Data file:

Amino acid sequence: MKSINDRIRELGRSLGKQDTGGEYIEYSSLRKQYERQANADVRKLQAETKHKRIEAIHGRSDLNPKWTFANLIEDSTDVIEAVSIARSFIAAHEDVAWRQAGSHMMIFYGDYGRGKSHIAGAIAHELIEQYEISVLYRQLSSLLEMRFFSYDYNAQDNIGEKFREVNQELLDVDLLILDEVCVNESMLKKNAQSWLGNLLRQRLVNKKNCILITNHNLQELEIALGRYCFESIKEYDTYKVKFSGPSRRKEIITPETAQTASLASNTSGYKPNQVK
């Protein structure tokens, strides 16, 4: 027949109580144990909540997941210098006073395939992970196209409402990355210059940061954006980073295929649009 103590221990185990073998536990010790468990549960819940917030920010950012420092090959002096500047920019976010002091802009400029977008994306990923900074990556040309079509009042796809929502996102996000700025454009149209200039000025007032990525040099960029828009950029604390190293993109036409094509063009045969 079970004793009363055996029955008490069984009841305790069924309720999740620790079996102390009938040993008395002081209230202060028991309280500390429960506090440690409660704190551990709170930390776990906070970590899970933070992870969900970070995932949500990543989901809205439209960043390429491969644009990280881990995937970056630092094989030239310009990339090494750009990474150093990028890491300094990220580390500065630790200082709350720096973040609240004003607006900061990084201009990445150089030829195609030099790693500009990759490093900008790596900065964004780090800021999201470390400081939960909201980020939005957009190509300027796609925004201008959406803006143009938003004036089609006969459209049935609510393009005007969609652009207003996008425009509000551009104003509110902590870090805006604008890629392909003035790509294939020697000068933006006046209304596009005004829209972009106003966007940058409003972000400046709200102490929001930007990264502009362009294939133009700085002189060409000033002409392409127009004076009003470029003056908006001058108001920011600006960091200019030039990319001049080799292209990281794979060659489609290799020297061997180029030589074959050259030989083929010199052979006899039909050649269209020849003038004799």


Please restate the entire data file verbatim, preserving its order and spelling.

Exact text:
Amino acid sequence: MKSINDRIRELGRSLGKQDTGGEYIEYSSLRKQYERQANADVRKLQAETKHKRIEAIHGRSDLNPKWTFANLIEDSTDVIEAVSIARSFIAAHEDVAWRQAGSHMMIFYGDYGRGKSHIAGAIAHELIEQYEISVLYRQLSSLLEMRFFSYDYNAQDNIGEKFREVNQELLDVDLLILDEVCVNESMLKKNAQSWLGNLLRQRLVNKKNCILITNHNLQELEIALGRYCFESIKEYDTYKVKFSGPSRRKEIITPETAQTASLASNTSGYKPNQVK
């Protein structure tokens, strides 16, 4: 027949109580144990909540997941210098006073395939992970196209409402990355210059940061954006980073295929649009 103590221990185990073998536990010790468990549960819940917030920010950012420092090959002096500047920019976010002091802009400029977008994306990923900074990556040309079509009042796809929502996102996000700025454009149209200039000025007032990525040099960029828009950029604390190293993109036409094509063009045969 079970004793009363055996029955008490069984009841305790069924309720999740620790079996102390009938040993008395002081209230202060028991309280500390429960506090440690409660704190551990709170930390776990906070970590899970933070992870969900970070995932949500990543989901809205439209960043390429491969644009990280881990995937970056630092094989030239310009990339090494750009990474150093990028890491300094990220580390500065630790200082709350720096973040609240004003607006900061990084201009990445150089030829195609030099790693500009990759490093900008790596900065964004780090800021999201470390400081939960909201980020939005957009190509300027796609925004201008959406803006143009938003004036089609006969459209049935609510393009005007969609652009207003996008425009509000551009104003509110902590870090805006604008890629392909003035790509294939020697000068933006006046209304596009005004829209972009106003966007940058409003972000400046709200102490929001930007990264502009362009294939133009700085002189060409000033002409392409127009004076009003470029003056908006001058108001920011600006960091200019030039990319001049080799292209990281794979060659489609290799020297061997180029030589074959050259030989083929010199052979006899039909050649269209020849003038004799």